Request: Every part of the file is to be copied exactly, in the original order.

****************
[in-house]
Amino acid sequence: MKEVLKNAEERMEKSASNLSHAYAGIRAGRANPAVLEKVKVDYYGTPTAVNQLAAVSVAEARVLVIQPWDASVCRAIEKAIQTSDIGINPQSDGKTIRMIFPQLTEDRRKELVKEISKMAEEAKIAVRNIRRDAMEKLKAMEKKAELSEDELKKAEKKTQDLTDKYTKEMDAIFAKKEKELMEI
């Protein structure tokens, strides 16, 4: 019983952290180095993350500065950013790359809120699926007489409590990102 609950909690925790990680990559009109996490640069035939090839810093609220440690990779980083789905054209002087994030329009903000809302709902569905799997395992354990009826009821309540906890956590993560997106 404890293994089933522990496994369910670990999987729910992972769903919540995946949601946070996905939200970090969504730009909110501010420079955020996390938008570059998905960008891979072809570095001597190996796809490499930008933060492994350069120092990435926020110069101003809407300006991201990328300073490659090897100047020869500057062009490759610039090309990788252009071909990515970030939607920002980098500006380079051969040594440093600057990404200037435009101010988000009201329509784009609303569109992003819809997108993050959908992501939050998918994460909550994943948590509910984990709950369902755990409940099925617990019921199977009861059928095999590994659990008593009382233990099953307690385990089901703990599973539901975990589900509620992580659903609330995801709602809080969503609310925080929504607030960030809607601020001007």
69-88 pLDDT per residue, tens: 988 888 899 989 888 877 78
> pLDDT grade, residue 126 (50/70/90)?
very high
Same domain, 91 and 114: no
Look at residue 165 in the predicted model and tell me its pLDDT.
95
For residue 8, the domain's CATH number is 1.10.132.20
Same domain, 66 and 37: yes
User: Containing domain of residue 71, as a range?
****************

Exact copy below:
[in-house]
Amino acid sequence: MKEVLKNAEERMEKSASNLSHAYAGIRAGRANPAVLEKVKVDYYGTPTAVNQLAAVSVAEARVLVIQPWDASVCRAIEKAIQTSDIGINPQSDGKTIRMIFPQLTEDRRKELVKEISKMAEEAKIAVRNIRRDAMEKLKAMEKKAELSEDELKKAEKKTQDLTDKYTKEMDAIFAKKEKELMEI
């Protein structure tokens, strides 16, 4: 019983952290180095993350500065950013790359809120699926007489409590990102 609950909690925790990680990559009109996490640069035939090839810093609220440690990779980083789905054209002087994030329009903000809302709902569905799997395992354990009826009821309540906890956590993560997106 404890293994089933522990496994369910670990999987729910992972769903919540995946949601946070996905939200970090969504730009909110501010420079955020996390938008570059998905960008891979072809570095001597190996796809490499930008933060492994350069120092990435926020110069101003809407300006991201990328300073490659090897100047020869500057062009490759610039090309990788252009071909990515970030939607920002980098500006380079051969040594440093600057990404200037435009101010988000009201329509784009609303569109992003819809997108993050959908992501939050998918994460909550994943948590509910984990709950369902755990409940099925617990019921199977009861059928095999590994659990008593009382233990099953307690385990089901703990599973539901975990589900509620992580659903609330995801709602809080969503609310925080929504607030960030809607601020001007």
69-88 pLDDT per residue, tens: 988 888 899 989 888 877 78
> pLDDT grade, residue 126 (50/70/90)?
very high
Same domain, 91 and 114: no
Look at residue 165 in the predicted model and tell me its pLDDT.
95
For residue 8, the domain's CATH number is 1.10.132.20
Same domain, 66 and 37: yes
User: Containing domain of residue 71, as a range?